Monday Writing Motivation: Bird-watching on the River Great Ouse

 In Monday Motivation, Richard Beynon's blog

Spring seems at last to have broken out in the United Kingdom. The last few days have seen hours of uninterrupted sunlight for what seems like the first time in months. As the weather improved, so we have taken to the river again in our pillar-box red kayak.

Trish and I are developing a routine. I brew a pot of coffee, fill two thermos flasks with it – cream with mine, hot milk with hers – while Trish lowers the kayak into the water from the deck at our front door. (This is one important reason we chose to live in a houseboat.) Then we slip into the vessel, take our paddles – Trish’s is blue, mine red – and dig in.

Our aim in summers past was to poodle up to the Town Lock, or downstream to Cardington Lock, have a cup of coffee or a glass of wine beneath the richly blossomed boughs of a horse chestnut, (depending on the time of day and the season), and poodle back.

Now our goal is both to enjoy the many delights of being on the water – and get a little cardiac exercise. So we either start off with a 500m sprint (top speed so far has been 7.2k kilometres per hour) or end with a sprint. We rely on Trish’s clever Garmin watch to make these calculations, and alert us to starts and finishes.

This morning we decided to paddle downstream. It was – and remains – a glorious day, sunny and warm. On the river we passed an endless procession of birds. I noted their demeanour as we passed, attributing to them human qualities in the best traditions of anthropomorphisation.

And I realised that what I was doing is precisely what I’ve done in various locations around the world: I was people-watching. But the people, in this case, were birds.

Just outside the marina, on the River Great Ouse, we passed a posse of mallards. Mallards are generally either complacent, paddling along, minding their own business, satisfied that all is well in their world – or, when alarmed by an aggressive member of their tribe, or by one of the larger species, in full panic mode. Then they abandon their sedate progress through the water, give a couple of startled quacks, and accelerate away. When circumstances call for more desperate measure, they leap into the air and take off with a rapid whirring of wings.

Next up: our family of geese. Mum leads the way, followed obediently by her four chicks. In the vanguard, his head held high, is pa, keeping a vigilant eye on his progeny. This is the first time we’ve seen the family out on the river.

“It’s been nearly a week now,” Trish says, “and there are still four of them.”

It’s reason to celebrate. In our experience, these broods – whether they’re coots, geese, ducks or swans – fall rapidly to the predators that prey on them. We’ve seen a clutch of twelve newly-hatched mallard chicks be reduced by half by sunset. If the loss of each chick were to cause the adults too much grief, life would be intolerable. But in fact, they seem not to notice as twelve become eleven become ten become nine…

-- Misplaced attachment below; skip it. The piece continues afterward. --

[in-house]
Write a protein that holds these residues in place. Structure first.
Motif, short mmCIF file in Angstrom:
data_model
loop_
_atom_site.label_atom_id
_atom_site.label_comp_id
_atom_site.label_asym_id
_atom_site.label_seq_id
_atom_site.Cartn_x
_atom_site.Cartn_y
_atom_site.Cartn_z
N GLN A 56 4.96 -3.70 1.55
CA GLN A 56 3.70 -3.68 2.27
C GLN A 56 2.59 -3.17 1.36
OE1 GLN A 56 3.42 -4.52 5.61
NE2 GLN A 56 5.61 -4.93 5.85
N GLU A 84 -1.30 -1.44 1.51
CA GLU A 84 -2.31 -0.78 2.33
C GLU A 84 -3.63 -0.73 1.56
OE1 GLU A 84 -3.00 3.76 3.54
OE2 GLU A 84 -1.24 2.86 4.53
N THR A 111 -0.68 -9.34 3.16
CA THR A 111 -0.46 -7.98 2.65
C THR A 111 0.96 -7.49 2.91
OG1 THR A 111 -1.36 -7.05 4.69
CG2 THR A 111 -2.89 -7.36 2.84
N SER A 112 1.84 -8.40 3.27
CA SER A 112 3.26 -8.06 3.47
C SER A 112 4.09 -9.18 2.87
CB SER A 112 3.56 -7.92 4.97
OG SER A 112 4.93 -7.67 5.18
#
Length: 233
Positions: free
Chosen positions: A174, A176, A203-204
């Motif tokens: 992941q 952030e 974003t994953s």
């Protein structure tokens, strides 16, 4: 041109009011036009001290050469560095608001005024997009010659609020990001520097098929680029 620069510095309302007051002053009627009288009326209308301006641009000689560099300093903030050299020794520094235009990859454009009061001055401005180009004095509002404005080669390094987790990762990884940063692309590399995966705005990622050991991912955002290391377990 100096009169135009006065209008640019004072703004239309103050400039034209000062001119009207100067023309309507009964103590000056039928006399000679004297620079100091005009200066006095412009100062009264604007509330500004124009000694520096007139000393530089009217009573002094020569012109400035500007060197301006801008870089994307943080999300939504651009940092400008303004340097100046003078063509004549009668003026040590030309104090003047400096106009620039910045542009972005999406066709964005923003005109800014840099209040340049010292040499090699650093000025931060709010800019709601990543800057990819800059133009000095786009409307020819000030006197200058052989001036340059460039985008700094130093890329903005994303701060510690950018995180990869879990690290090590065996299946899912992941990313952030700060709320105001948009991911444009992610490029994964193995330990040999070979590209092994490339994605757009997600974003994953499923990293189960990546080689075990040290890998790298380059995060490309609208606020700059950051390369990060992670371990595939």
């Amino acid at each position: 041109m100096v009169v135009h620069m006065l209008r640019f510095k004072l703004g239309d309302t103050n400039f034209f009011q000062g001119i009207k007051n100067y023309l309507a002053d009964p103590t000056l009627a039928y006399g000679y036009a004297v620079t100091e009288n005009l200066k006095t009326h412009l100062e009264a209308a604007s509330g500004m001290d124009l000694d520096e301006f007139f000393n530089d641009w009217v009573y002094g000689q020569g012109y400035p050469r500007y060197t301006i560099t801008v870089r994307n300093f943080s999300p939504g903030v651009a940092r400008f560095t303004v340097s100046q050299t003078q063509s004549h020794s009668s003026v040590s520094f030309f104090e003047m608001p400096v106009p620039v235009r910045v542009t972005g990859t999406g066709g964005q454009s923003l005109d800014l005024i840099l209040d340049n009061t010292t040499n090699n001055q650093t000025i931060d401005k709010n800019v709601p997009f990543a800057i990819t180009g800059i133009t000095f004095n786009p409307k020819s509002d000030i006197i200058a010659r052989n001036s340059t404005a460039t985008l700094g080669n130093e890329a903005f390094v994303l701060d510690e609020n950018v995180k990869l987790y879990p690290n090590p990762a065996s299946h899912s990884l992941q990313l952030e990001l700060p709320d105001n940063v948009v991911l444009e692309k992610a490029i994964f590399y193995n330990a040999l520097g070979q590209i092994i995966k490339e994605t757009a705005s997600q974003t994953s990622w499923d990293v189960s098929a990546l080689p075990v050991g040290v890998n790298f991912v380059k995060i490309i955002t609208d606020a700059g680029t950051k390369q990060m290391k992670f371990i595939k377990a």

Our geese – we really should give them names – sail past us, beaming.

Ahead of us three swans glide regally. I know they have no right to be regarded with more esteem than the most humble moorhen, but there’s no gainsaying the fact that they are the most extraordinarily beautiful birds – and, moreover, seem to be aware of it. These three are, we would guess, all males – three or four years old. They’re too young to have romanced a female and settled down with her for a lifetime of marital bliss.

And beyond them, just where the river describes a sharp turn to the left, a flash of metallic blue. “Kingfisher!” I cry. It dives into the water, emerges a second later with its silver catch, perches deep in the foliage of a willow, and swallows its breakfast.

Above us, a diving, swooping squabble of black-headed gulls. They swerve, lunge and swing through the air, oblivious to us passing beneath them. It’s breakfast-time for them, too. They’re catching insects in mid-flight.

And in the woods to our left, a cuckoo calls. Trish heard it an evening or two ago. There it is again, fresh from its migratory flight from the rain forests of the Congo or Gabon.

A solitary heron stands on a dry branch just above the river, intent on the water at its feet. It’s a young one. It probably hatched a couple of months ago among what are called the Finger Lakes, a short walk from our marina, where herons nest high in the trees in colonies called heronries, and bring up their young.

And all about us, the call of a dozen different species: the grating kraak of a crow, the cheerful twitter of tits, the melodious song of blackbirds, the chuckle of jackdaws. The dawn chorus, of course, is long over – but the endless interwoven melody continues.

It’s time to return. We swing the kayak around and prepare for the sprint home.

So much of writing is no more than a matter of observation – and then finding the right word to describe the very particular detail that has caught your eye, or your ear.

Happy writing,

Richard

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